folc.ca's comment on HAZCO's answer to FAQ #33
Note: The background text in the following was copied from the Frequently-asked Questions page at HAZCO's website, Nov. 2, 2005. HAZCO's answers to "frequently asked questions" deserve further comments. Those comments are inserted where required in HAZCO's text and are shown on yellow background.
From HAZCO's FAQ web page (quoted verbatim):
FAQ #33. What do you do with the sulphur once it arrives? How is it processed?
In terms of operations, molten sulphur will be received by one of three methods, pipeline, rail tank car or truck. The sulphur will be stored as a liquid in tanks before being pumped to the forming process. Hazco plans to use an environmental friendly technology provided by Sandvik Process Systems to process the liquid sulphur into a formed product (i.e. pastilles) suitable for export. The product will be stored on engineered storage pads and when volumes dictate loaded to rail car unit trains. The volumes of liquid and dry storage will be dependant on market demand for our services and will also grow with demand. This sulphur also can be poured into a block and recovered when conditions change.
Yes, yes, yes... we already know how the sulphur will arrive, although it would arrive by a combination of all three methods and not by just one of the three methods they mentioned, right?
HAZCO mentions that, "The sulphur will be stored as a liquid in tanks before being pumped to the forming process." HAZCO fails to mention that the majority of the sulphur arriving at their proposed site would be stored in a
sulphur block, and that the storage tanks to be used for the prill-forming process will have no more capacity than is needed to keep their forming process going when operating at full capacity.
The explanation of the storage method contained in HAZCO's answer to FAQ #33 is the one that the HAZCO representative in the HAZCO Lamont information office religiously, almost fanatically sticks to. Whenever anyone mentions the dirty, yellow expression "sulphur block", she becomes quite agitated and vehemently denies that HAZCO could possibly contemplate to inflict such a thing on the good residents of the County of Lamont.
Nevertheless, it stretches the imagination to believe that HAZCO would be able to accommodate 6,000 tonnes of liquid sulphur per week in storage tanks in whom it would be maintained in its liquid state until it is required to be processed. The tank-storage method is far too expensive to be used for all of the sulphur that arrives at the site and will continue to pile up until HAZCO perhaps manages to change the conditions for sulphur in the world market to convert the sulphur glut into a demand market for HAZCO's product.
If that were the case, there would not now be so many giant
sulphur blocks in Fort McMurray, for example, of whom new ones are being poured continuously (stinking up the air in Fort McMurray whenever the wind blows in that direction), while the older blocks gradually flake, crack and crumble under the influence of the weather. (See world sulphur market trend information)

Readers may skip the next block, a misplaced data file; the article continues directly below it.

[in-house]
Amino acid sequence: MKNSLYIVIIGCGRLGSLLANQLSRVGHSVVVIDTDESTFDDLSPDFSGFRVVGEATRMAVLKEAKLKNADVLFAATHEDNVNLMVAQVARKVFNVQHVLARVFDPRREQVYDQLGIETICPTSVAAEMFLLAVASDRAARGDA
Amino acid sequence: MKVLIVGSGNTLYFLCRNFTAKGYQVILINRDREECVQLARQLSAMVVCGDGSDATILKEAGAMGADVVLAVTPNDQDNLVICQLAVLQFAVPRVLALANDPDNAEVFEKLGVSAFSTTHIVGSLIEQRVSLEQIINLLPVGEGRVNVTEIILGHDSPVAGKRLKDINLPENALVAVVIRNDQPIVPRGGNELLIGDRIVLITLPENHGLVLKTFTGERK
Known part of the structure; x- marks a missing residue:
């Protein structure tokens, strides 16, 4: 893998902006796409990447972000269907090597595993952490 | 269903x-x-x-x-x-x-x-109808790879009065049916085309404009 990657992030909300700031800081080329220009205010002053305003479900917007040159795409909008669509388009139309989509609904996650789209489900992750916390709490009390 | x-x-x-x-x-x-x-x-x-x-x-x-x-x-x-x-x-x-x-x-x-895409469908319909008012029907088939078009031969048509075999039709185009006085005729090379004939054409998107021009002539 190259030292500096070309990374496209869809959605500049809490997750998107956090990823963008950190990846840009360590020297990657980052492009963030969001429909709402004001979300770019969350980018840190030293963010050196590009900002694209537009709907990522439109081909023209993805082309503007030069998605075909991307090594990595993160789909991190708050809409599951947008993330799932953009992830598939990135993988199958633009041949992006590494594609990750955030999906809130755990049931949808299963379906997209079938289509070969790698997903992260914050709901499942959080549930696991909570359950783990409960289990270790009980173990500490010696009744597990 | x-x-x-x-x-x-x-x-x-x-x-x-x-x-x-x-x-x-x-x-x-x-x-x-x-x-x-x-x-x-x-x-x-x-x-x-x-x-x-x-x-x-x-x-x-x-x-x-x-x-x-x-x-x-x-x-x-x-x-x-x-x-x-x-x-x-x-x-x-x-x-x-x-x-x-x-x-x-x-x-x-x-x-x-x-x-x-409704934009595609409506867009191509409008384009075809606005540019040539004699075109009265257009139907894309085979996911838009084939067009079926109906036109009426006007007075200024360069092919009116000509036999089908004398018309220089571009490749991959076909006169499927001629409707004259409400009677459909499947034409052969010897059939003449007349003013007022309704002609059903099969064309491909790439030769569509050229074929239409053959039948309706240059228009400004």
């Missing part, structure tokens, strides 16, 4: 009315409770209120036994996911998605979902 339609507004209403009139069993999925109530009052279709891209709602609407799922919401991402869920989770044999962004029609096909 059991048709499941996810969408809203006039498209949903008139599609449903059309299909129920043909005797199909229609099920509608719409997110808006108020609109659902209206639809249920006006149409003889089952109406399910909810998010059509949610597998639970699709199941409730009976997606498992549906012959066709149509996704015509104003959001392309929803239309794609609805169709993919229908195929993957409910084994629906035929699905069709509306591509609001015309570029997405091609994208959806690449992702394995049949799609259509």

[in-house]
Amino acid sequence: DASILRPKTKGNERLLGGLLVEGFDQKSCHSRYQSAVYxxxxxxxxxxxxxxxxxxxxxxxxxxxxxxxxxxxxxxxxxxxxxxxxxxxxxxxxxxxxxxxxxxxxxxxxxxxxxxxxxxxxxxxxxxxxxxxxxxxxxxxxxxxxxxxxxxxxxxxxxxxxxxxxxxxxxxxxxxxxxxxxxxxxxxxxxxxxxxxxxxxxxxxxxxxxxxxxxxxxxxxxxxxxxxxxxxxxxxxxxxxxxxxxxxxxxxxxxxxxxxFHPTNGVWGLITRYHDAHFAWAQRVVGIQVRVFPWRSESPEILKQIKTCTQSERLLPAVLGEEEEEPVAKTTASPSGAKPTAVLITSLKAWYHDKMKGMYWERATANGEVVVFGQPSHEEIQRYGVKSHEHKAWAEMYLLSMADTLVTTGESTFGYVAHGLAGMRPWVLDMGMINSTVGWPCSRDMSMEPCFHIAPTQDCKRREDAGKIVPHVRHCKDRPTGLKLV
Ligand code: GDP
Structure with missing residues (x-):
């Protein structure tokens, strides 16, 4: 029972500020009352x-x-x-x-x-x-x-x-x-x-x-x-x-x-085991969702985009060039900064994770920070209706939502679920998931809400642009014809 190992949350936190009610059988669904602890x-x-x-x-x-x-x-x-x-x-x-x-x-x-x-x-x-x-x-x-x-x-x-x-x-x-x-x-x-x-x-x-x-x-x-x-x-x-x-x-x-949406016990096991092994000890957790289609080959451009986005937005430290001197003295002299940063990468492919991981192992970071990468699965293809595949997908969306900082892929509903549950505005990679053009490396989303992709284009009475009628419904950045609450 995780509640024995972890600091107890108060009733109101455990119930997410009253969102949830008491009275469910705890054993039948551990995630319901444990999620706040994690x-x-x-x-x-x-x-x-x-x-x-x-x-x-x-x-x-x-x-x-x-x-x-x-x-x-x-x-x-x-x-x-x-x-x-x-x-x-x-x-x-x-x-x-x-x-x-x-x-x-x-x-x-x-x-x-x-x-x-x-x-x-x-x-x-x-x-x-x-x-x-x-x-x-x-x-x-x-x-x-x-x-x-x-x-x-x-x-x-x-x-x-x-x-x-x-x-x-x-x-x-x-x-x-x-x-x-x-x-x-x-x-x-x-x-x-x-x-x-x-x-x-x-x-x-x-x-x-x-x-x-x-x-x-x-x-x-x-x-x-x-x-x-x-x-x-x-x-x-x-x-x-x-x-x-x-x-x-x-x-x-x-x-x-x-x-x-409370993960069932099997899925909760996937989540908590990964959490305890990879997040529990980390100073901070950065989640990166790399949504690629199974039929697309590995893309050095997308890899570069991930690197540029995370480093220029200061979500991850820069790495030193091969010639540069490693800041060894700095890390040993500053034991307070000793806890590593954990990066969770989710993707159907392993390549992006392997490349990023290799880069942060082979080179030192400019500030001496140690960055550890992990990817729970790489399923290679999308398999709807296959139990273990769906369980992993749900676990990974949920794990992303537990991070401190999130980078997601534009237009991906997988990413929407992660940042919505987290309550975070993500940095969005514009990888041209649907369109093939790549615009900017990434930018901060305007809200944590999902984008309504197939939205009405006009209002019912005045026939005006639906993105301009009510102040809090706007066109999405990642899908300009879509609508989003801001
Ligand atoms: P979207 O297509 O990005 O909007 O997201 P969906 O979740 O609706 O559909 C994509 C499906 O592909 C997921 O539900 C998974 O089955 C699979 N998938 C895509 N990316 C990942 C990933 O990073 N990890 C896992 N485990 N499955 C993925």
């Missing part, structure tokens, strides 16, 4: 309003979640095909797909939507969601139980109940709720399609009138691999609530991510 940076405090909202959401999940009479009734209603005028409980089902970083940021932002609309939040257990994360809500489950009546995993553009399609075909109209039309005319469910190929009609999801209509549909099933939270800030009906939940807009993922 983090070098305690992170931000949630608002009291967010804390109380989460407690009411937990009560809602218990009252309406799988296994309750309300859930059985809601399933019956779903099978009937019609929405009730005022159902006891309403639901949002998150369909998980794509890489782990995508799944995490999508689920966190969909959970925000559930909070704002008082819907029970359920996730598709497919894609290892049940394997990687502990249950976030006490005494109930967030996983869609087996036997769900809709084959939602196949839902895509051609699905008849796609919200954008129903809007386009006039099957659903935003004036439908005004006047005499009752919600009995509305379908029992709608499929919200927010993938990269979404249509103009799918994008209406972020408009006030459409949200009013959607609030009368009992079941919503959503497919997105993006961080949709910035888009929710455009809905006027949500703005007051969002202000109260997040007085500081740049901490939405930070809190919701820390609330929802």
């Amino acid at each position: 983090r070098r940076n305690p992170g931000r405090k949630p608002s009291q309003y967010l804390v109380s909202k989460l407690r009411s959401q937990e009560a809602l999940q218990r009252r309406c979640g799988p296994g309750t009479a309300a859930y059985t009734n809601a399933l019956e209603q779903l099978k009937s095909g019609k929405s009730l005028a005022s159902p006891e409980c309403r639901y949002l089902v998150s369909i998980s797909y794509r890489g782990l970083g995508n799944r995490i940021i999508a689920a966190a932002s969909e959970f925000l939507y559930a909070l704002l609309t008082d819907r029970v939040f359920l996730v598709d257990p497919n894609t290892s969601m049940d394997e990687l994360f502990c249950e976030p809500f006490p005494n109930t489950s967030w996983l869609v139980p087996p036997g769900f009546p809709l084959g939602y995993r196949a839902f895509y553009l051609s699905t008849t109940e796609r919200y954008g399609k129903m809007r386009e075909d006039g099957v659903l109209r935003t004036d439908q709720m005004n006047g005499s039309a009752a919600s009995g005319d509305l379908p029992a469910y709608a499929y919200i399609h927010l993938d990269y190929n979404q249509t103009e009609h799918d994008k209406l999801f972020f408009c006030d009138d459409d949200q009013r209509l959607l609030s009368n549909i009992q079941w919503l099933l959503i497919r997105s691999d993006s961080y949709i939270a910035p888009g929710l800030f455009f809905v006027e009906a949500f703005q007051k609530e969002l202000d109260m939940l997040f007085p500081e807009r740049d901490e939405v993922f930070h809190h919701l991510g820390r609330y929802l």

In its last sentence in that answer that proves the rep in the HAZCO information office to be ill-informed("This sulphur also can be poured into a block and recovered when conditions change.") "This sulphur..." refers grammatically to "the volumes of [sulphur in] liquid and dry storage..." mentioned in the preceding sentence. Therefore it is anyone's guess which sulphur it is that will be poured into blocks to store it until the market demand makes it necessary to melt it once more so that it can then be formed into prills for shipping to market. It would not make any business sense to convert already-formed prills back into liquid sulphur that will be stored in blocks for long-term storage.
The question then is, how much land area will be required to house
sulphur blocks for long-term storage. Liquid sulphur will potentially keep-on arriving at a steadily increasing rate over the years, as more upgraders come on-stream that produce more and more sulphur as the years go by. In the meantime there is a glut of sulphur on the world market. That means that there is a fairly good chance that Dr. Clark of the University of Calgary is quite correct by estimating that Alberta will require a total land area of about 150km2 for the storage of excess sulphur for which no takers can be found. (See article and information on sulphur blocks.)
In consequence, it stands to reason that HAZCO will insist on and strive to get a foot in the door and a cut of the action in the actively growing sulphur storage business. That would explain why HAZCO continuously stresses the small size of the processing facility it wishes to establish on such a large chunk of our County's prime industrial land — a whole section of it, a little more than one percent of the total sulphur storage area required in the years to come in Alberta.
Here is a question that we must keep asking of our County Councillors: "If HAZCO receives the go-ahead for their proposed sulphur storage site, what portion of Alberta's required sulphur storage area will be located in the County of Lamont, all of it, only a square mile of it, or any portion in between?"
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Created Nov. 4, 2005
2005 11 20 (added link to information on world sulphur market trends and link to information on sulphur blocks)
2006 10 16 (reformated)